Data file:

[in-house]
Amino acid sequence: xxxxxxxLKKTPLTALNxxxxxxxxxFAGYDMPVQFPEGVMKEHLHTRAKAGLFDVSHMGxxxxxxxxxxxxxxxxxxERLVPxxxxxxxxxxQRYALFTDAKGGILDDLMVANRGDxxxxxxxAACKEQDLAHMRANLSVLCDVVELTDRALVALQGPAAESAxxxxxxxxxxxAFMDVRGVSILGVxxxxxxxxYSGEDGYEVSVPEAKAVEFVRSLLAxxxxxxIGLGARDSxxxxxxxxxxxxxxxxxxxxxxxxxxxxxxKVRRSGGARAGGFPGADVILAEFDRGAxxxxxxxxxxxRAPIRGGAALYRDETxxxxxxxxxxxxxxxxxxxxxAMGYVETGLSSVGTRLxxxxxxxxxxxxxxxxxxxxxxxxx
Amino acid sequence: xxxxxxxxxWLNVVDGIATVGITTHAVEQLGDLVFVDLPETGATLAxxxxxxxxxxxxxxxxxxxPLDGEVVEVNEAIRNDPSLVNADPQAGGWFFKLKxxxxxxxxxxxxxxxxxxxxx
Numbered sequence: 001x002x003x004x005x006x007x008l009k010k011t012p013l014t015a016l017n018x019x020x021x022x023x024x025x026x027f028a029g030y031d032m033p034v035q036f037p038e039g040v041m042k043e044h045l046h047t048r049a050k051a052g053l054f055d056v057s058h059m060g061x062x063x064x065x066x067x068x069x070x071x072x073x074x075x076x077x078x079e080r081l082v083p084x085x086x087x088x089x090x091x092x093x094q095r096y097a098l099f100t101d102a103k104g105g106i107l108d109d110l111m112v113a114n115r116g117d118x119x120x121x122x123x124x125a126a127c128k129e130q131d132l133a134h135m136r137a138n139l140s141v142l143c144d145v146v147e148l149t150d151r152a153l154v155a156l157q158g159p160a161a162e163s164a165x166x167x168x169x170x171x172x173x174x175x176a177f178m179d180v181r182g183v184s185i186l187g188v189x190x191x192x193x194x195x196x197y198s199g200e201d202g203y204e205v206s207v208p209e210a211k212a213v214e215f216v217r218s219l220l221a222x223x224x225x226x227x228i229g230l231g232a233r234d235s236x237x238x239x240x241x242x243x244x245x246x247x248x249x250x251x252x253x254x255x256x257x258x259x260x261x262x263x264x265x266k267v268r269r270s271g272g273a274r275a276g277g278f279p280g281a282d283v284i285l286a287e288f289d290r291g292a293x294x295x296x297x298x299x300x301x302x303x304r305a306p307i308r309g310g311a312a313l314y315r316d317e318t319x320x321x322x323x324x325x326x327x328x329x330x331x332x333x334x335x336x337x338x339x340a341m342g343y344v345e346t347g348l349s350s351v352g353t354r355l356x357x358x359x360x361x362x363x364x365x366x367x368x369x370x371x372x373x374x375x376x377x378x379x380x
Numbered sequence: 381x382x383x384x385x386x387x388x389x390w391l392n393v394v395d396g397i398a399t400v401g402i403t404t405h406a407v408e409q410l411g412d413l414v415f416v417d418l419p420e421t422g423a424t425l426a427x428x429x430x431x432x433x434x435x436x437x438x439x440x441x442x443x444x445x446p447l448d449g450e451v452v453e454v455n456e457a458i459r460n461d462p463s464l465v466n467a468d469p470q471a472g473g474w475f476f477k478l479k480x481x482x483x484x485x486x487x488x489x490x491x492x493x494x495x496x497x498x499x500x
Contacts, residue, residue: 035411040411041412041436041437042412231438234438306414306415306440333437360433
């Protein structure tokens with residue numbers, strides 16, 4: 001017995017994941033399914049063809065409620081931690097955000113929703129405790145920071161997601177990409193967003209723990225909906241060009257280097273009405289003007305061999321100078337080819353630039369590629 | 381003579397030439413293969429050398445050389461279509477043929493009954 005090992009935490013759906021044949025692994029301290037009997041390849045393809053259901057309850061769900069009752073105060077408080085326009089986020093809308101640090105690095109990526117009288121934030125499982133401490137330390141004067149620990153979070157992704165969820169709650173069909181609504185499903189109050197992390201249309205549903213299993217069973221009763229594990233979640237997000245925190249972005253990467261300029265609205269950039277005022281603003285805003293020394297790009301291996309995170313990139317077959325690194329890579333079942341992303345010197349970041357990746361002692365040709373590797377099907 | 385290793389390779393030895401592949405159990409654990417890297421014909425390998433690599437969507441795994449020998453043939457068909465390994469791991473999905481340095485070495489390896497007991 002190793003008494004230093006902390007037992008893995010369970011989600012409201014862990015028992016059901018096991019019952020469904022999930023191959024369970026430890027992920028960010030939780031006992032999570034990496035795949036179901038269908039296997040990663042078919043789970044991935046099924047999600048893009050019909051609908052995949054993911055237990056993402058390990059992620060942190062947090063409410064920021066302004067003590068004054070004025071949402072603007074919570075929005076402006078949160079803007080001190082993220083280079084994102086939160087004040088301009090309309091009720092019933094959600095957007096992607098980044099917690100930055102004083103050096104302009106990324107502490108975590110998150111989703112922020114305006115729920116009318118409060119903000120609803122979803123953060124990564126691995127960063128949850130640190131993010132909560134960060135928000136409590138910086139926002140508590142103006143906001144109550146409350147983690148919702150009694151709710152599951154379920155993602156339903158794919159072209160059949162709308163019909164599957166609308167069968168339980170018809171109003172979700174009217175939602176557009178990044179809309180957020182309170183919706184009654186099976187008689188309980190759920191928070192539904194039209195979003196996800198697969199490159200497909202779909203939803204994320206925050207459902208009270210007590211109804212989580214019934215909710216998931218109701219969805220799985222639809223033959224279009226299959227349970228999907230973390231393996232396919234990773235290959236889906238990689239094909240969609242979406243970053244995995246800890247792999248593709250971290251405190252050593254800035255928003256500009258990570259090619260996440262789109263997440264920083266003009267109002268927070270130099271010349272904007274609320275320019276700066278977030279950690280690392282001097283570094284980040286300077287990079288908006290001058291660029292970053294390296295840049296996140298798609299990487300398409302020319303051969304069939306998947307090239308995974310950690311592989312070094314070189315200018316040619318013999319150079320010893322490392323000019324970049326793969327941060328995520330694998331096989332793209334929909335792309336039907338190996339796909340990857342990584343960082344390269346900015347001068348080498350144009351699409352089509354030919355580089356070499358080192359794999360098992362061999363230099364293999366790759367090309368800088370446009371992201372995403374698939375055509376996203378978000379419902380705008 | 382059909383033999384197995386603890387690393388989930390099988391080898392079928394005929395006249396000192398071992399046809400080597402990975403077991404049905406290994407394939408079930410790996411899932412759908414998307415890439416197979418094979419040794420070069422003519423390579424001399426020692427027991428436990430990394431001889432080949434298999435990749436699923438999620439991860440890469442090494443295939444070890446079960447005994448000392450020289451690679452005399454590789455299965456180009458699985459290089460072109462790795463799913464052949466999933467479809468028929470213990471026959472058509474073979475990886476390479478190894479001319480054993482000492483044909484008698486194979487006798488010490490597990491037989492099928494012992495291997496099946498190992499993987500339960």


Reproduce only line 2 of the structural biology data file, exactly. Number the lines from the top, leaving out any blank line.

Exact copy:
Amino acid sequence: xxxxxxxLKKTPLTALNxxxxxxxxxFAGYDMPVQFPEGVMKEHLHTRAKAGLFDVSHMGxxxxxxxxxxxxxxxxxxERLVPxxxxxxxxxxQRYALFTDAKGGILDDLMVANRGDxxxxxxxAACKEQDLAHMRANLSVLCDVVELTDRALVALQGPAAESAxxxxxxxxxxxAFMDVRGVSILGVxxxxxxxxYSGEDGYEVSVPEAKAVEFVRSLLAxxxxxxIGLGARDSxxxxxxxxxxxxxxxxxxxxxxxxxxxxxxKVRRSGGARAGGFPGADVILAEFDRGAxxxxxxxxxxxRAPIRGGAALYRDETxxxxxxxxxxxxxxxxxxxxxAMGYVETGLSSVGTRLxxxxxxxxxxxxxxxxxxxxxxxxx